- If you’re a “stroller” — meaning you don’t have a home base and prefer to wander around the festival all day — don’t just assume that you’re going to tent surf, eat everyone else’s food and drink their liquor. First of all, it’s rude. Second, you should probably concern yourself with who made the food, how long it’s been sitting out, and who’s been hovering over it all day. Bring your own stash, or prepare to patronize the vendors.
- On the flipside, don’t bring an abundance of food and chafing dishes, and then complain that nobody contributes. Festival day is NOT the day to complain. If you wanted people to contribute, you should have coordinated with them well before the event. Also, if you don’t want to be hemmed up in a tent with 20 overserved friends who are gobbling your burgers, don’t invite them in. Find them on the dance “floor” instead.
- Don’t try to move through the crowd in a large entourage. You will get lost. Spend more time partying, and less time coordinating with your 12 friends. In fact, mentally prepare yourself NOT to see 1/2 of your friends who are in attendance. If you see them, great. If you miss them, you’ll see the pictures on social media the next day and say: “How did I miss you!?!” There are 20,000 people in a park, half of which are in tents. That’s how.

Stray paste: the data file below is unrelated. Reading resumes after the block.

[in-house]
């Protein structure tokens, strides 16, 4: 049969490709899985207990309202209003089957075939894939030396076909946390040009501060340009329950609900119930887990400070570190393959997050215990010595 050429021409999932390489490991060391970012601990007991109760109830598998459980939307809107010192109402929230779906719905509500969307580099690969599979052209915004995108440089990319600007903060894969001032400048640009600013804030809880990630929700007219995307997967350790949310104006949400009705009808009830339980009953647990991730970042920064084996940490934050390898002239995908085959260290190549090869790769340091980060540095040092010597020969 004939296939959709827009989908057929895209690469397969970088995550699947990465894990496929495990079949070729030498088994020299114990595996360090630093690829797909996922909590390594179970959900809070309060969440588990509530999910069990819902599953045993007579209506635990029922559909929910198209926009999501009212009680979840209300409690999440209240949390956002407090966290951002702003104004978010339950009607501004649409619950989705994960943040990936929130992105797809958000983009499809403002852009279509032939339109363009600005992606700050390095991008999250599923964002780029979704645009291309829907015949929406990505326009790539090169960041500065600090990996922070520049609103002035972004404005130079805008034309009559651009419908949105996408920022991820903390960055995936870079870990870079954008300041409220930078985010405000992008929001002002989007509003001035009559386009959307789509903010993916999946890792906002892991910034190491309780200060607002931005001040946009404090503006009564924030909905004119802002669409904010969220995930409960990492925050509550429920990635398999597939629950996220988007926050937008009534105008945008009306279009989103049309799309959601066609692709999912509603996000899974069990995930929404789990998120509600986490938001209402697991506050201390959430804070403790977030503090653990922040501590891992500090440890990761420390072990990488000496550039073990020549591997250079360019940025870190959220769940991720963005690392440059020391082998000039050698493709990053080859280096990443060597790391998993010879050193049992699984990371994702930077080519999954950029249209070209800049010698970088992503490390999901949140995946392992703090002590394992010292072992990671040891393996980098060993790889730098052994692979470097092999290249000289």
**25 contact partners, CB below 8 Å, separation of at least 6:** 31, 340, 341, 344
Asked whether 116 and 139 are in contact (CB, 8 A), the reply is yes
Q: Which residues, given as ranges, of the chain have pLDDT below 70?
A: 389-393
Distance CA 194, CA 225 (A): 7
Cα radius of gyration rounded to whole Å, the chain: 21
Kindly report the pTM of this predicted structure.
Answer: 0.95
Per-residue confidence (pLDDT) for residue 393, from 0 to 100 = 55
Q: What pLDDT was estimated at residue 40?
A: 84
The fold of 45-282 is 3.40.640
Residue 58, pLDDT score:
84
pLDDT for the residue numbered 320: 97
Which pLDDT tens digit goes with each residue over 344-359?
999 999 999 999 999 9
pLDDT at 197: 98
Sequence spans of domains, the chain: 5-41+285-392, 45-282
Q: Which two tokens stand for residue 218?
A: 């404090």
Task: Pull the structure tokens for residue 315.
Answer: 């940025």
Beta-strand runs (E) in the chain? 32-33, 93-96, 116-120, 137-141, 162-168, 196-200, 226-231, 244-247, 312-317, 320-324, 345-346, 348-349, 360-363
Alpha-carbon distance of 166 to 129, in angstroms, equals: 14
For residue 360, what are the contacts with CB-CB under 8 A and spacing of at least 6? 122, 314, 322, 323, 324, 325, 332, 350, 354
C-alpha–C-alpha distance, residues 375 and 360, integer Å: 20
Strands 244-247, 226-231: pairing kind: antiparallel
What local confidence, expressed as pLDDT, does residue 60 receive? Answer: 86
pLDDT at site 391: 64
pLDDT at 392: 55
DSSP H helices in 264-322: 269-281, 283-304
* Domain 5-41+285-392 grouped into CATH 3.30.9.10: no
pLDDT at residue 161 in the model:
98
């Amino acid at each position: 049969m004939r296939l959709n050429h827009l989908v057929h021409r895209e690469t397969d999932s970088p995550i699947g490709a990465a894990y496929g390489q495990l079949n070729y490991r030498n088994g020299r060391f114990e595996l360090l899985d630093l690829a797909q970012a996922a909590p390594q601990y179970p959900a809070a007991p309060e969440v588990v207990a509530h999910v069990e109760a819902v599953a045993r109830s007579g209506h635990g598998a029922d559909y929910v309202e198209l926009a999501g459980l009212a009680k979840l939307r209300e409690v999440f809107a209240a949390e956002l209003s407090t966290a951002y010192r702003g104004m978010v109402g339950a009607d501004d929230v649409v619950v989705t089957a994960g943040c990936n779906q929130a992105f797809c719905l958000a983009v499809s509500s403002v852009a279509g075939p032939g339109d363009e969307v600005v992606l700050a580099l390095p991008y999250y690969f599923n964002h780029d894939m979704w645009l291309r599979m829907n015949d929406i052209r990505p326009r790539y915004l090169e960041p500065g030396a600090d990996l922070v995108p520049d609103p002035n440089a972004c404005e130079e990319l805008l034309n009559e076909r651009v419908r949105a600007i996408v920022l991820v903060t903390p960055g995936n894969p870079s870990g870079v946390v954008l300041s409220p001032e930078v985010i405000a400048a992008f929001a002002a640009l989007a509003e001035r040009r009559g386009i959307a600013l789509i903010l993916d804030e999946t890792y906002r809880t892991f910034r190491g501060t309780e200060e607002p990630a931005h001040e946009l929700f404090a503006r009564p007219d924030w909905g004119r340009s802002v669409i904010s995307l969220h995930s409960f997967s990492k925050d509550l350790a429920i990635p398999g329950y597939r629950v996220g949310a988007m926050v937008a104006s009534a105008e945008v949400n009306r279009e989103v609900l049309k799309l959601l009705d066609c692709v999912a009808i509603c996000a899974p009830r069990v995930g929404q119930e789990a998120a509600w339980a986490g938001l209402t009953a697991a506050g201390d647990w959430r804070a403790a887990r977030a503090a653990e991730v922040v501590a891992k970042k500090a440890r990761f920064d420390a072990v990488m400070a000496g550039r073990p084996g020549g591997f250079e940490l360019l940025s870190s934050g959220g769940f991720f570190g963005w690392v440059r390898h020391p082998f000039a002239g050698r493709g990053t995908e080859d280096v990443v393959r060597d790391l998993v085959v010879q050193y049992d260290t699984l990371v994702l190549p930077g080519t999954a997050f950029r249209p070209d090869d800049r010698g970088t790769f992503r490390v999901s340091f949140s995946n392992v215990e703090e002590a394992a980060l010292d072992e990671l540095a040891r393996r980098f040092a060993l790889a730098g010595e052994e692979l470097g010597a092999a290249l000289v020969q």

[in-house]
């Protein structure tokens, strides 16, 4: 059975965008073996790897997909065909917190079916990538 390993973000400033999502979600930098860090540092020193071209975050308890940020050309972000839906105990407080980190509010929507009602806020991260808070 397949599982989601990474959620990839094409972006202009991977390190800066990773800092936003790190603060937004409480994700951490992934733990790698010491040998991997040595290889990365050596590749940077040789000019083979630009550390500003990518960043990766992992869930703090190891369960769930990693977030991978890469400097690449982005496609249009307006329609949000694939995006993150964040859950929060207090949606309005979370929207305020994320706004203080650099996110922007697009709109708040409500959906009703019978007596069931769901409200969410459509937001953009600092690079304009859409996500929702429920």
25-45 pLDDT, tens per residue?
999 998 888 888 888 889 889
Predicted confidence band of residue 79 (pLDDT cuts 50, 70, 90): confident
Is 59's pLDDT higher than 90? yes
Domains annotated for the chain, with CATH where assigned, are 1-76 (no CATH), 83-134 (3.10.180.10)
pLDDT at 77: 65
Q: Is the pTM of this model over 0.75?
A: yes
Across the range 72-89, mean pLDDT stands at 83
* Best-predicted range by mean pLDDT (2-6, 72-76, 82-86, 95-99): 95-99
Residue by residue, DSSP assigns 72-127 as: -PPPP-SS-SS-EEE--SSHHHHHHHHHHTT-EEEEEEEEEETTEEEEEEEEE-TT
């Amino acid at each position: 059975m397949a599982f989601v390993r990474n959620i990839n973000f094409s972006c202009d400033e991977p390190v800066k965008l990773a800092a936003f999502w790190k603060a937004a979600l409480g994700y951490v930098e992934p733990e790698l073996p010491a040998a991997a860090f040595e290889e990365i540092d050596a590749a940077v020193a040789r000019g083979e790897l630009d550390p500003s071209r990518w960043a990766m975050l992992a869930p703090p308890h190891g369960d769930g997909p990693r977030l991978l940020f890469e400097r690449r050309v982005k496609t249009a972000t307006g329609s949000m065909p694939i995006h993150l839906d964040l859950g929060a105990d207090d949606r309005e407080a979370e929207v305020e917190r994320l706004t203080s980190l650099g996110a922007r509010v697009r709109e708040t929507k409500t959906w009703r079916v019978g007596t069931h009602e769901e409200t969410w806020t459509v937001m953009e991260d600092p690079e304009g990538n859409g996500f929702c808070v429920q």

- Bring several external batteries for your phone. Because thousands of people are jamming the signals in a small area, your phone is working extra hard, and will suck through your battery in 1/4 of the normal time. If you separate from your friends and your phone dies, there’s a good chance that you might never see them again.
- Think twice before bringing your children. I realize that you want to show off your spawn, and while it’s a lovely thought that you will expose your infants and teenagers to your old friends and the music that served as the backdrop for your coming of age, I promise you that it’s not a good idea. Your baby doesn’t want to be pushed in a stroller in a sea of thousands, with the view of the backs of everyone’s sweaty legs, and your toddler will get lost in the shuffle when mom and dad get stopped every five minutes to talk about what they’ve been doing since high school or reminisce about that legendary night at the Power Plant. Your kids don’t really want to be there anyway, and it will be disappointing to you that they don’t care for the music. And unless you would like that degenerate friend from high school to offer your teenagers a hit of weed and tell them about when he and their mom used to date, you might also want to leave the older kids at home.